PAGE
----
DOVER — For those looking for a more efficient and more environmentally conscious way to get around the state the Delaware Department of Transportation and DART First State have one strong recommendation: Get on the bus.
Gov. John Carney, U.S. Sen. Tom Carper, U.S. Rep. Lisa Blunt Rochester and DelDOT Secretary Jennifer Cohan joined together at the DART Administration Building at 900 Public Safety Boulevard in Dover on Tuesday to announce a $2.6 million grant from the U.S. Department of Transportation’s Federal Transit Administration to Delaware Transit Corporation. The money will be used to purchase or lease zero-emission and low-emission transit buses.
This is the third competitive grant from the Low- or No-Emission Bus and Bus Facilities grant program that Delaware has received for electric transit buses and associated charging systems.
In total, Delaware Transit Corporation has received $5.6 million and plans to have 20 electric buses operating statewide by the beginning of 2021.
The state is already operating six electric buses in Kent County.
“DART is really embracing change and innovation which is so critically important today,” Gov. Carney said. “We need to make progress on the transportation side. The secretary (Mrs. Cohan) and I have talked about things that we can do at DelDOT and at DART to have a transportation system that reduces the carbon dioxide emissions in the atmosphere and that’s cleaner and healthier for the people of our state. This is one step.
“What we’re doing here is celebrating the federal money that makes these electric buses possible. I think we’re up to about $5.6 million. These purchases would not happen, or it would be much more difficult for it to happen, without that federal support.”
Mrs. Cohan said transitioning the state’s inventory of transit buses from diesel to electric just makes good business sense.
“I’m the type of person that I buy a vehicle and I keep it forever,” Mrs. Cohan said. “When I get a new one with the bells and whistles on it, I’m like,
‘Wow! Why did I wait so long?’ It’s the same thing when you look at some of our existing 40-foot vehicle buses and then you look at (electric, low-emissions buses) and you truly, truly get what you pay for.
“This grant will bring our total electric bus inventory up to 20, so we’re well on our way to fully transitioning our buses in the state.”
She added, “DART is trying to plan for their future of transportation, and not just on our large buses, but we’re about 80 percent through with our small paratransit buses as well.”
Sen. Carper got an up-close and personal look inside one of the electric buses on Tuesday and was quite impressed, especially with the easier access wheelchair access that the new buses will all be equipped with.
“The greatest source of carbon emissions in our planet and in our country are our mobile sources,” said Sen. Carper. “The good news is we build vehicles like this and there’s a great utilization for them.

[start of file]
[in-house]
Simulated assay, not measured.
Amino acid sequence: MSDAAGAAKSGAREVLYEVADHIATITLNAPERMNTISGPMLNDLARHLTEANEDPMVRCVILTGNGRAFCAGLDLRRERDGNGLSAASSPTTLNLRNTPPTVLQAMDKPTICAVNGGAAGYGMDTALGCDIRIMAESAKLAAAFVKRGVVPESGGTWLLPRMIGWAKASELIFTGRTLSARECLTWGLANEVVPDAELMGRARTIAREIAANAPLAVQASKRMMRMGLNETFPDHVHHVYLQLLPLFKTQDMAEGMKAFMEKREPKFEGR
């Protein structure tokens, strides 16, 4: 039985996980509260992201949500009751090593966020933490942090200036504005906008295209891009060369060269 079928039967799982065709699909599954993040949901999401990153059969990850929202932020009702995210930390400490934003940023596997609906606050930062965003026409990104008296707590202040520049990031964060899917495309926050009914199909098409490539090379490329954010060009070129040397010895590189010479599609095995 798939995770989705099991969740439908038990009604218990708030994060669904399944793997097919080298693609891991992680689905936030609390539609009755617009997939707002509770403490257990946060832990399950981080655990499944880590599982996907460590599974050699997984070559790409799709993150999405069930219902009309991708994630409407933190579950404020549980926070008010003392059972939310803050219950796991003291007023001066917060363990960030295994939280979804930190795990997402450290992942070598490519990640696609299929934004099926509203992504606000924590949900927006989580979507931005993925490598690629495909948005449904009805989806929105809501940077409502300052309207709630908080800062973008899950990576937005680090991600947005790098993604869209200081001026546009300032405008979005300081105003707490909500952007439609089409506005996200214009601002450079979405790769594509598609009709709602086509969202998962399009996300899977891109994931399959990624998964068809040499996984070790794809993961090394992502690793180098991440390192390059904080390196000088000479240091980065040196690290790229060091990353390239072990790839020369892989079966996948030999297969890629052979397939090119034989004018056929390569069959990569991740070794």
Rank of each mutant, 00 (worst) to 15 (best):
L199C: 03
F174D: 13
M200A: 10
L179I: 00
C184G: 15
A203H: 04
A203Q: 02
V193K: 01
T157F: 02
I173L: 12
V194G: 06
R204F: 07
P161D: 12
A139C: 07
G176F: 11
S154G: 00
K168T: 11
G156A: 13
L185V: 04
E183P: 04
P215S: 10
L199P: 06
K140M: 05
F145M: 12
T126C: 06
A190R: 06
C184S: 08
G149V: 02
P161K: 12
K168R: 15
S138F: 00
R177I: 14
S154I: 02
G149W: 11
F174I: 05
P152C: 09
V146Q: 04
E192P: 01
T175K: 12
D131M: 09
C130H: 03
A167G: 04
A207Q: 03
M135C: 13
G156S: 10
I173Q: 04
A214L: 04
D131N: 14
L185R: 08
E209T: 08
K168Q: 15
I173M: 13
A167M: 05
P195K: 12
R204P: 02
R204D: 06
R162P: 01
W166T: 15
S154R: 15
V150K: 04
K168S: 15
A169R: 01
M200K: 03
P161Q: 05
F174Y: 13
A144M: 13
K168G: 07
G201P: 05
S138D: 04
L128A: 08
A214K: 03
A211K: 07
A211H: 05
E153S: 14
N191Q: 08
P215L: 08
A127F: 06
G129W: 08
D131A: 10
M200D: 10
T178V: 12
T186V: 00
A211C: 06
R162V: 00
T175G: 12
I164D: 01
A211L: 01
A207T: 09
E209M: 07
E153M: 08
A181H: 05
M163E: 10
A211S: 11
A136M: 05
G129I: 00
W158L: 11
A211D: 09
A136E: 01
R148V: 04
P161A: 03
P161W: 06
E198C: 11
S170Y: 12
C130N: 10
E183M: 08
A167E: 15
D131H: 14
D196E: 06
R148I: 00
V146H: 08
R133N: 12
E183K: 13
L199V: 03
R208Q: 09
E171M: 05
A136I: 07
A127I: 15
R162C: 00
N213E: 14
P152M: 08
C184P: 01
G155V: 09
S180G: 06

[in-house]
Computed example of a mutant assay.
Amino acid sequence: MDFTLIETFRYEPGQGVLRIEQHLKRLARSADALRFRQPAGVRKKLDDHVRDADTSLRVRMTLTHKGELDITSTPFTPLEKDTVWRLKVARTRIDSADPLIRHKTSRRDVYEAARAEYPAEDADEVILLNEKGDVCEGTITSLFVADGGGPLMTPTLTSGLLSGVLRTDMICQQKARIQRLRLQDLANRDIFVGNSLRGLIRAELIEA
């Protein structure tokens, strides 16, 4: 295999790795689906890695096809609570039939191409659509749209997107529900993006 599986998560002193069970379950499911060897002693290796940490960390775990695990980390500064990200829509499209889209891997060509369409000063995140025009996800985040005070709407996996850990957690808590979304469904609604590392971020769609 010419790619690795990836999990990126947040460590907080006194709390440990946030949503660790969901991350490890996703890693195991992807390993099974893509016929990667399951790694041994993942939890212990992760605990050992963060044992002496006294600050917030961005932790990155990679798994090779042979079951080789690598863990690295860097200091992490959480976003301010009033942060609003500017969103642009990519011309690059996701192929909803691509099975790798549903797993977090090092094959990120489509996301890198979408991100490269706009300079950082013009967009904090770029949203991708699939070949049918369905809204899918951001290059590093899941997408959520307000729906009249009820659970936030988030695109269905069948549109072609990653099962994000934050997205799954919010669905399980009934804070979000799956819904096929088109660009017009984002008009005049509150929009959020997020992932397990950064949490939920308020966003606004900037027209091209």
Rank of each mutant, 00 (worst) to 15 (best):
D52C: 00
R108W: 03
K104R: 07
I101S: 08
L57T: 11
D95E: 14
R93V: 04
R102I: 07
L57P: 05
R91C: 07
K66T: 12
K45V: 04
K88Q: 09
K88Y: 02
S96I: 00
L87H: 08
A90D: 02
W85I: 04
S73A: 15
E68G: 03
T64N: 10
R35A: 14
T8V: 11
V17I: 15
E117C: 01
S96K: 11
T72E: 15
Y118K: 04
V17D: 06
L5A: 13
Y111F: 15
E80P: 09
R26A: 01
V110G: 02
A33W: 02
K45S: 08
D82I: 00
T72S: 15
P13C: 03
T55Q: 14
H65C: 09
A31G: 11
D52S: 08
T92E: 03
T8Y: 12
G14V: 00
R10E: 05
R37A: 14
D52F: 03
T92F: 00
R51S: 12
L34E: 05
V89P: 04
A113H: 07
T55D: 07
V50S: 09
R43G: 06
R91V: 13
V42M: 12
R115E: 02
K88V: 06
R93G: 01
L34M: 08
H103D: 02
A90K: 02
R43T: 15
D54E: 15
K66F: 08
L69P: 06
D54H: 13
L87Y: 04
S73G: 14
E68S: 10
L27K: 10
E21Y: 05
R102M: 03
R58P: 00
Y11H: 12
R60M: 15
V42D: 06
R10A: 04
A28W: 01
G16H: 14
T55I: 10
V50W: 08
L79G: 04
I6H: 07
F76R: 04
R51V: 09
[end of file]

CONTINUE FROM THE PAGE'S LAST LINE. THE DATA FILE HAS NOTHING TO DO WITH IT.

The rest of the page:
“They are far more efficient, they’re fun to drive, they’re fun to ride in, they’re quieter and we put a lot of people to work building buses just like this and they last forever.”
The buses have a range of up to 150 to 200 miles on a single charge. Along with fast charging stations that are strategically placed throughout the state, buses can be recharged allowing them to run virtually all day.
Officials added that battery-electric buses are also much quieter than diesel buses. They average 17.5 miles per gallon equivalent vs. diesel buses at 4.0 miles per gallon, plus the lifetime (12-year) energy costs are $81,000 compared to $378,000 for diesel. Cost savings are also anticipated with the elimination of engine and exhaust-related maintenance.
Four of the new buses expected to be arriving by 2021 will be 100 percent electric, manufactured by Gillig.
“This is something that touches all of us — our environment,” Rep. Blunt Rochester said, “and whether we keep it healthy, safe or beautiful. The governor gave a quote that he remembered about ‘Think globally and act locally.’ When I was coming up in the 1970s, we had a saying, too, ‘Give a hoot, don’t pollute.’
“I think that’s really what this is about. It is about us caring. It is about us being partners and coming together to really save and enhance our quality of life.”
John Sisson, the CEO of Delaware Transit Corporation, sees the electric buses nearly every day. He said they are a great source of pride for DART First State and its employees.
“There’s been no hesitation whatsoever to roll this new technology out to our customers and it’s been amazing,” Mr. Sisson said. “They’re running around with no issues whatsoever. One of these buses is four to five times more energy efficient than a traditional diesel bus.
“Public transit has always been an economical and environmentally friendly way to get people to work, medical appointments, shop, eat and play. Zero-emission electric buses take us a step further in providing a greener, more cost-effective way to deliver our
Delaware State News staff writer Mike Finney can be reached at firstname.lastname@example.org.